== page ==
Radon Testing at Home

Radon is a radioactive gas that seeps into homes as uranium in the soil around the foundation decays. Long-term exposure to high levels of radon causes lung cancer. More about the risks of radon.

Fond du Lac County buildings are prone to radon exposure. More about radon in WI.

Testing is simple. Fixing the problem is fairly straightforward too.

  1. Pick up a radon test kit at the Fond du Lac County Health Department (160 S. Macy, Fond du Lac; 3rd Floor).
  2. Start with a short-term 4-7 day test kit ($10).
  3. If you have a high result on a short-term test, try a long term test kit for 90+ days ($23).
  4. Set the device in the lowest, livable level of your home. This might be the basement if it is finished. Or it might be the first floor of your home if you don’t have a basement or never use it.
  5. Make sure the device is positioned at least 12 inches from exterior walls and from the ceiling, 3 feet from any opening (door or window) in an exterior wall, and 4 inches from any other object.
  6. When the testing period is over, mail it in the enclosed packaging.
  7. You will receive your results by mail.

Interpreting Results: Radon is measured in Pico Curies per Liter (pCi/L). The EPA has set the health standard for radon at 4pCi/L.

  • If your result is 4pCi/L or less, you do not need to take any action. You have little or no radon in your home.
  • If your result is 4-8pCi/L, you may want to consider re-taking a short-term test, or trying a long-term test to verify the result. You may also decide to do nothing or to mitigate your home.
  • If your result is greater than 8pCi/L, you will want to consider mitigation.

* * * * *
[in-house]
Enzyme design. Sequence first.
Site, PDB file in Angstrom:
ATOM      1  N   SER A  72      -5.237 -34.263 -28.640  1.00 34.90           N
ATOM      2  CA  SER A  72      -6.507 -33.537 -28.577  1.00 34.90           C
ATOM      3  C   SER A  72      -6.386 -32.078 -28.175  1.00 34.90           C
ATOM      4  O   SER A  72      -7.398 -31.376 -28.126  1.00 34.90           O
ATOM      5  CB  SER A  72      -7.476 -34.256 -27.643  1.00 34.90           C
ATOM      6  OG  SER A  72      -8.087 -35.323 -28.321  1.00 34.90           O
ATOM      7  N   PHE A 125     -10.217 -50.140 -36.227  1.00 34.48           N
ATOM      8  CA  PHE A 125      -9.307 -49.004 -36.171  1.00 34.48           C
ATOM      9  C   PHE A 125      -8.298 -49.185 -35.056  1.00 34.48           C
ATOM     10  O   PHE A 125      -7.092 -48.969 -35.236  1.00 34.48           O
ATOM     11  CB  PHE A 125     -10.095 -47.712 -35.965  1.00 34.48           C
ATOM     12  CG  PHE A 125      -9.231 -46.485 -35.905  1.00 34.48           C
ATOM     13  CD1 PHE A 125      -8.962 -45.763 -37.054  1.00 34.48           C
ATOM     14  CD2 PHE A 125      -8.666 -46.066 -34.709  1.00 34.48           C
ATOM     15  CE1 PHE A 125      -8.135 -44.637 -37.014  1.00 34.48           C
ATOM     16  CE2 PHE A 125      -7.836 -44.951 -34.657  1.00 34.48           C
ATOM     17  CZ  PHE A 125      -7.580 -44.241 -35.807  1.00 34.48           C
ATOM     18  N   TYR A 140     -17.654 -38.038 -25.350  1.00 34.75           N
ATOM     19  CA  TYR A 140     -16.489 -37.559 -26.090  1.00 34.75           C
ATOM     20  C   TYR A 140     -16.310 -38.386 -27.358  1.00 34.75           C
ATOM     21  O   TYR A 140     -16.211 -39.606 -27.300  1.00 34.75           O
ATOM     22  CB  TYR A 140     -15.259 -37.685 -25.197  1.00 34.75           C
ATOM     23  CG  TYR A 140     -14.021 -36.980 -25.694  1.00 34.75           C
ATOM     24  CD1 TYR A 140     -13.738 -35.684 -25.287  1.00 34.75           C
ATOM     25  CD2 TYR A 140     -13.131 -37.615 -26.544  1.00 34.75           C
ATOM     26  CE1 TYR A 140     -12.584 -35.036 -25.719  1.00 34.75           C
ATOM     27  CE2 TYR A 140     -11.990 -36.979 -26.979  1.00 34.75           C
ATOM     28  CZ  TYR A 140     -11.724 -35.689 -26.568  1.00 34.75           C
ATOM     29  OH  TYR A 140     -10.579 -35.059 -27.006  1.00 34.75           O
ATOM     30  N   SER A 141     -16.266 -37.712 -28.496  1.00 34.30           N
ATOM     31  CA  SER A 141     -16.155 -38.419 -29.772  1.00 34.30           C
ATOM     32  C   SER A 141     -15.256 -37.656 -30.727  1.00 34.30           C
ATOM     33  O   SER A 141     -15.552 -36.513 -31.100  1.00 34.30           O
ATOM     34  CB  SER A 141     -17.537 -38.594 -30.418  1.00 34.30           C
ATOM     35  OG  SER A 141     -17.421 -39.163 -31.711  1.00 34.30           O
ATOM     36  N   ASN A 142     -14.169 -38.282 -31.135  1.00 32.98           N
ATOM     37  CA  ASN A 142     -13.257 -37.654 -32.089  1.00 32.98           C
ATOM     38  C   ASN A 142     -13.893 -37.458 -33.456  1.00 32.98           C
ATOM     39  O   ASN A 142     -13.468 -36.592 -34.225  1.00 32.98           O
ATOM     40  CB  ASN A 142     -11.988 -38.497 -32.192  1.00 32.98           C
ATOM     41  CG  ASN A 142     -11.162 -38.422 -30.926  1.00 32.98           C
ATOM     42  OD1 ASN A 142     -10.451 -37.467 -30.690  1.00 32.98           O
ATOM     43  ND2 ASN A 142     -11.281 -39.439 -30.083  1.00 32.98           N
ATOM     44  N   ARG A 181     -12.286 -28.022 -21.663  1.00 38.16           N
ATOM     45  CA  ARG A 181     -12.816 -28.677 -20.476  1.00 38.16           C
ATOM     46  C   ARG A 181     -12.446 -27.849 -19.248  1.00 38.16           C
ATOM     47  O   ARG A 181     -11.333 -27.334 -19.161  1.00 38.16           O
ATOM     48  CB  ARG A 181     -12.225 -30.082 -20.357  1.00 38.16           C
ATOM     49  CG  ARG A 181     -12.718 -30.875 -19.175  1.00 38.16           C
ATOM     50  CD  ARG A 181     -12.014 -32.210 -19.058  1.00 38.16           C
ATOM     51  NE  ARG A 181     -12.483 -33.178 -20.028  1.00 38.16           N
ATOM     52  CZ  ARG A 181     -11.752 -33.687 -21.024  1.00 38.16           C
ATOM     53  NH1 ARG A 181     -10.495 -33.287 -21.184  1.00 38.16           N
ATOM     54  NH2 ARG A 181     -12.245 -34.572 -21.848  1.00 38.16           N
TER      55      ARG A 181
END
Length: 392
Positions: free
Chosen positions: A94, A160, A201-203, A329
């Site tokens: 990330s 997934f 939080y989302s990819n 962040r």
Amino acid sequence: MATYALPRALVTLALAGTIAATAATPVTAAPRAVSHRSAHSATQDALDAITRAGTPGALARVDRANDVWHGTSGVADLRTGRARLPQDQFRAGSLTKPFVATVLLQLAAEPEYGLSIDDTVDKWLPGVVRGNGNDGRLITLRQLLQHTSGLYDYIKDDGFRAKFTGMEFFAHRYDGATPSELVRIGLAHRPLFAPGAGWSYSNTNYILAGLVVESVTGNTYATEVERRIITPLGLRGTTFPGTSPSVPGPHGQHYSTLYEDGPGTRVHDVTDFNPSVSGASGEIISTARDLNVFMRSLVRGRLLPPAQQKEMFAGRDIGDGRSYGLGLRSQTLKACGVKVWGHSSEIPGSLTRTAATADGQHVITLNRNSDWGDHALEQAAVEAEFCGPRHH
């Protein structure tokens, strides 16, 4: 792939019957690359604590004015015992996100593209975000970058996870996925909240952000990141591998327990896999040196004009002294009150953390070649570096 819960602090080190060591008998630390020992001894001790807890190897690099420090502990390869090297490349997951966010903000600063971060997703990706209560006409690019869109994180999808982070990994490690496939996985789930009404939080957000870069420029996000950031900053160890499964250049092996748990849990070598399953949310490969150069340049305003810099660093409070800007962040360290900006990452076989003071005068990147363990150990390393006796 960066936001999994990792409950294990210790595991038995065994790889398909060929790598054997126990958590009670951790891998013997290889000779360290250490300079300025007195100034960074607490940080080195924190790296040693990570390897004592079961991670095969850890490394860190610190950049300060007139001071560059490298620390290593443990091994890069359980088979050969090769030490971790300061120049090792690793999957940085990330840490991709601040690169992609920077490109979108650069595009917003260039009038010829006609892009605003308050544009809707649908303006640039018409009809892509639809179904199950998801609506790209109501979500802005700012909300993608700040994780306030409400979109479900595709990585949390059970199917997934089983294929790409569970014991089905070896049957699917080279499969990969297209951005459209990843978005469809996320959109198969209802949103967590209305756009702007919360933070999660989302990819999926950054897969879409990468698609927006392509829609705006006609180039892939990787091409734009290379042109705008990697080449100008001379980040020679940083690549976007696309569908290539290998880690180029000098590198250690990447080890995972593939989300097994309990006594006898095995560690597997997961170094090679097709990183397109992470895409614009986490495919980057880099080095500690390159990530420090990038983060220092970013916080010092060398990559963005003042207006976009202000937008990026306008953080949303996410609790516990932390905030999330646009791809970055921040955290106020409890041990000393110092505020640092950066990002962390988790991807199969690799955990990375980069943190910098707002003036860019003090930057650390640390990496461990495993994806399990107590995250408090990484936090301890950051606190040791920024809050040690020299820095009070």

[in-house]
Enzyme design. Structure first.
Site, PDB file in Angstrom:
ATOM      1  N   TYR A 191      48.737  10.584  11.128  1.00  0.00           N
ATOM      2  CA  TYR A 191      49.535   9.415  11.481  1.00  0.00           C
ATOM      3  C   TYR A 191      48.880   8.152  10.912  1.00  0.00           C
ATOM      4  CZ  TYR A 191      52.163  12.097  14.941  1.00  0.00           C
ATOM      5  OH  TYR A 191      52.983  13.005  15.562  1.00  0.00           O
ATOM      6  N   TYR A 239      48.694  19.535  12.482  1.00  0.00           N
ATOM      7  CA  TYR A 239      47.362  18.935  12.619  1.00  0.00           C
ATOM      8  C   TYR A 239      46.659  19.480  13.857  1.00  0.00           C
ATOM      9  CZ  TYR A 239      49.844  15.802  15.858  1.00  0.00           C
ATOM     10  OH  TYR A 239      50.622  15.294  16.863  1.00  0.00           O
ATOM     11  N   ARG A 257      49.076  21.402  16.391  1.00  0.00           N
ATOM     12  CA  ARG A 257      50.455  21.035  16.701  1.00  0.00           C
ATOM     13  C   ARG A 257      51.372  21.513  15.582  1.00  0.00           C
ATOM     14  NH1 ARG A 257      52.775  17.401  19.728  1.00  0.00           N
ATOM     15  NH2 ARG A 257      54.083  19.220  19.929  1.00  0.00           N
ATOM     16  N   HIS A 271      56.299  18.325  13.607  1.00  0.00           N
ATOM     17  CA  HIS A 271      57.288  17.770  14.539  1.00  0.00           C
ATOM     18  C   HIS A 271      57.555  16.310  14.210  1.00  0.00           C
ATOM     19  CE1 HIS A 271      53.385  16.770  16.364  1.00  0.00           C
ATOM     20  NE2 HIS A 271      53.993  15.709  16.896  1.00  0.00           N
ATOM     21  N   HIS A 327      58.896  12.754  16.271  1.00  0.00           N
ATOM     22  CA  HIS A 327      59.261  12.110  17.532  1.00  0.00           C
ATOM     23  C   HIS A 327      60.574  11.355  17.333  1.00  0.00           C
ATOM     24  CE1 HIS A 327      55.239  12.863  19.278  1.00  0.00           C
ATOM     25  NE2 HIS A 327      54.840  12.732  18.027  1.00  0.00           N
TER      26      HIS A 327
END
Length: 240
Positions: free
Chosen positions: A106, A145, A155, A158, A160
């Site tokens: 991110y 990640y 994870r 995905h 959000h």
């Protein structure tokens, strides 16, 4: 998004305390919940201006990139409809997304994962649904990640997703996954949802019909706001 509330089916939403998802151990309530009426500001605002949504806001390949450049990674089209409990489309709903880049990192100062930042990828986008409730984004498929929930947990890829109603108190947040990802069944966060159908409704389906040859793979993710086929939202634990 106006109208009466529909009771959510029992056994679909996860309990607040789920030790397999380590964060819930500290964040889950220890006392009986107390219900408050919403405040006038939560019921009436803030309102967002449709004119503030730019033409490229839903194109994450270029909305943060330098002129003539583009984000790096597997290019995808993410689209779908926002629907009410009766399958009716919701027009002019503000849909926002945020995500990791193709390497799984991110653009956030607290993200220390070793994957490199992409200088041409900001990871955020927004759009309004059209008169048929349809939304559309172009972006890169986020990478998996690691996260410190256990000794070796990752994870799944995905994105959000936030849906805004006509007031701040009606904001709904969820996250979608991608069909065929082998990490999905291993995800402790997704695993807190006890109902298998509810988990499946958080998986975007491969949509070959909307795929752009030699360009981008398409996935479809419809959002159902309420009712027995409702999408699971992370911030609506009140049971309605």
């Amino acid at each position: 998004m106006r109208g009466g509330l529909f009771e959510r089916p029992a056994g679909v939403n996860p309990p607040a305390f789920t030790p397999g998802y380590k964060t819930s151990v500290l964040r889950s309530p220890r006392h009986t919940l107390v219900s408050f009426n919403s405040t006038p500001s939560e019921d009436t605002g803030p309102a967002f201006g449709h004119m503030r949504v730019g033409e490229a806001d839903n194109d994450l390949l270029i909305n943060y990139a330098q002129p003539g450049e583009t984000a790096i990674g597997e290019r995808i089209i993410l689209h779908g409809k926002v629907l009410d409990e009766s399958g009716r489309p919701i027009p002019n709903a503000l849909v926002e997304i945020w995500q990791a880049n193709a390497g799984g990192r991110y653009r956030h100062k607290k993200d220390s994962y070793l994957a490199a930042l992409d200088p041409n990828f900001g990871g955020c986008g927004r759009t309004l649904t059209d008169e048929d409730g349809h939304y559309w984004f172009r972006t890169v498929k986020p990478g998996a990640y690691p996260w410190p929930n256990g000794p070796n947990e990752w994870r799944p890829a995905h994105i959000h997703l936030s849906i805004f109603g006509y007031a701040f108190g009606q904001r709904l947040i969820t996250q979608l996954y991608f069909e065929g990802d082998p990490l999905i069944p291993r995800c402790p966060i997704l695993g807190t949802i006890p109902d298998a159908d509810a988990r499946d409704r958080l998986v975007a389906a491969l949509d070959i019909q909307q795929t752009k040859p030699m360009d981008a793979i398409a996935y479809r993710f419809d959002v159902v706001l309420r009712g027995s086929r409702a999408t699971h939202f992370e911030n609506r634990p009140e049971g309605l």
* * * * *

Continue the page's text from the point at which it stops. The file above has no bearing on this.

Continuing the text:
Radon mitigation ($400-700) in an existing home is done by a process called “sub-slab depressurization.” The basement is tightly sealed, and a 4″ diameter pipe is extended from below the slab in the basement out the roof. This pipe becomes a vent for any gas below the foundation to be released above the house. Find a certified radon mitigation professional.

If radon levels are still high in your home after doing the above procedure called “passive mitigation,” a fan can be installed at the top of the pipe in the attic making it “active mitigation.”  The fan creates negative pressure and actively sucks radon from below your foundation to vent it out the roof. It is important to find a certified mitigation contractor to do this work to ensure that it is done correctly and doesn’t further endanger the health of your family.
If constructed properly, a radon mitigation system is barely noticeable from the inside (shown here in a basement) or outside (an extra pipe is visible on the roof line.)

Building a radon-resistant new home.

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